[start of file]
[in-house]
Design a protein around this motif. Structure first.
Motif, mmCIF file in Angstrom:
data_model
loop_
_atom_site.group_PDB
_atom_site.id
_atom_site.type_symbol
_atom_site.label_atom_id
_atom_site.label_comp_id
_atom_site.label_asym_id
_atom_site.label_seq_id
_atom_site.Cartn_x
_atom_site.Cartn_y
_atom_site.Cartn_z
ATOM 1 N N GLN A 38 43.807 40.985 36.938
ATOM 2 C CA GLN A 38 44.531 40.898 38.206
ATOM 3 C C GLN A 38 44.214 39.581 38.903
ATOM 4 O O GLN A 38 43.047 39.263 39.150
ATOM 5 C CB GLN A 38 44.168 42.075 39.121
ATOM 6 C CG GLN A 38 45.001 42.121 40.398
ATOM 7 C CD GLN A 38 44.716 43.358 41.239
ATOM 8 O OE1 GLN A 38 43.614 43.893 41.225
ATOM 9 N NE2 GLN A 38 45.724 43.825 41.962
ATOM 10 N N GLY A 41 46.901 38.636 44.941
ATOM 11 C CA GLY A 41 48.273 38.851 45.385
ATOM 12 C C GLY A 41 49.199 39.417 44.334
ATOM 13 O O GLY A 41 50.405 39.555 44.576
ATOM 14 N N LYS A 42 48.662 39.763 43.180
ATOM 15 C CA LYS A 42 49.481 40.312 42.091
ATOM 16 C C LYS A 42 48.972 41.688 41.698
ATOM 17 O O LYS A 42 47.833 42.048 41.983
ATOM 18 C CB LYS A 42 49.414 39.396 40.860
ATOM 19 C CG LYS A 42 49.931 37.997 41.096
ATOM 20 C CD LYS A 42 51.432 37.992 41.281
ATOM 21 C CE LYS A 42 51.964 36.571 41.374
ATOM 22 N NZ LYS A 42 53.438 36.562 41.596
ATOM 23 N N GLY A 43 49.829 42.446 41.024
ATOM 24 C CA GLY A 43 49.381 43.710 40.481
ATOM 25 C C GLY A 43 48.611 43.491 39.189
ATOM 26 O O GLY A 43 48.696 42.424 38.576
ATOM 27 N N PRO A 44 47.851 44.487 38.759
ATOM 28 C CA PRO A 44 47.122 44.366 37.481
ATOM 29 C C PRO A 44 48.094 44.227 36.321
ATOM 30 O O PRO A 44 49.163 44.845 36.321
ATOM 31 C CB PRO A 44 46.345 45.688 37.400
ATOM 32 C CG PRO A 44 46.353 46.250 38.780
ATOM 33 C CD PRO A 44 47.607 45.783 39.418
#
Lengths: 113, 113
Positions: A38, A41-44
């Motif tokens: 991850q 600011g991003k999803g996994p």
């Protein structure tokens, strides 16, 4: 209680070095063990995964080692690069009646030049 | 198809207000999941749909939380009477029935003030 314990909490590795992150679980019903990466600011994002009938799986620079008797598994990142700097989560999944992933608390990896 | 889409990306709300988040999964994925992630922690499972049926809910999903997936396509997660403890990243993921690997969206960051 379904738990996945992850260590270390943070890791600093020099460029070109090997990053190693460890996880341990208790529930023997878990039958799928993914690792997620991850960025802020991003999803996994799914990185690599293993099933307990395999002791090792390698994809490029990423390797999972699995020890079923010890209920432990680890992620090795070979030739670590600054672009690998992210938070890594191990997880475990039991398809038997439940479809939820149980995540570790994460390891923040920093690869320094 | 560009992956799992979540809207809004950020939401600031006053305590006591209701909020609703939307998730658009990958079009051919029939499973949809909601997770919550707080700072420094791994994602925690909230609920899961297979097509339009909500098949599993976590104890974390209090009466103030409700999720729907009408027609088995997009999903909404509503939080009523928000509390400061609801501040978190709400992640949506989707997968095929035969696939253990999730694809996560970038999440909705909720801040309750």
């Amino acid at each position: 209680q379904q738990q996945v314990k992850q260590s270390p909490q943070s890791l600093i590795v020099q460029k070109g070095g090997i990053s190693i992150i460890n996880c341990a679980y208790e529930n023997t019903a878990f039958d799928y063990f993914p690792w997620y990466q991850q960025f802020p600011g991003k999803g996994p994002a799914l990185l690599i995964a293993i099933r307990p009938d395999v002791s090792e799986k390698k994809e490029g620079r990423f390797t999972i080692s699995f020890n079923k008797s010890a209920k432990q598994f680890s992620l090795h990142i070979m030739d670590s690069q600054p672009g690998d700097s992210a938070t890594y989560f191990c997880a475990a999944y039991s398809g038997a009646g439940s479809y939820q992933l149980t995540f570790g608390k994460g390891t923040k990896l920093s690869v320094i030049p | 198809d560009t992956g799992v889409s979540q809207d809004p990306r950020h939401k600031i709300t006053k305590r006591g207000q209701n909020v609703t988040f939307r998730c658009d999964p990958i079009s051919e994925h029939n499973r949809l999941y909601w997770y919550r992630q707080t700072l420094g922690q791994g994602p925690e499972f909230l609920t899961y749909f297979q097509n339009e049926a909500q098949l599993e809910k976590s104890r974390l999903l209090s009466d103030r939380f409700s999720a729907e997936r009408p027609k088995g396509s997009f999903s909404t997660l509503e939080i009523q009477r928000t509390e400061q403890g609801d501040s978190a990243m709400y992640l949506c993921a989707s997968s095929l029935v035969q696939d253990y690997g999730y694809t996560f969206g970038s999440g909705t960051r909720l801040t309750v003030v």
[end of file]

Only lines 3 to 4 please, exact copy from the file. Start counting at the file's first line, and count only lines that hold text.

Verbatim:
Motif, mmCIF file in Angstrom:
data_model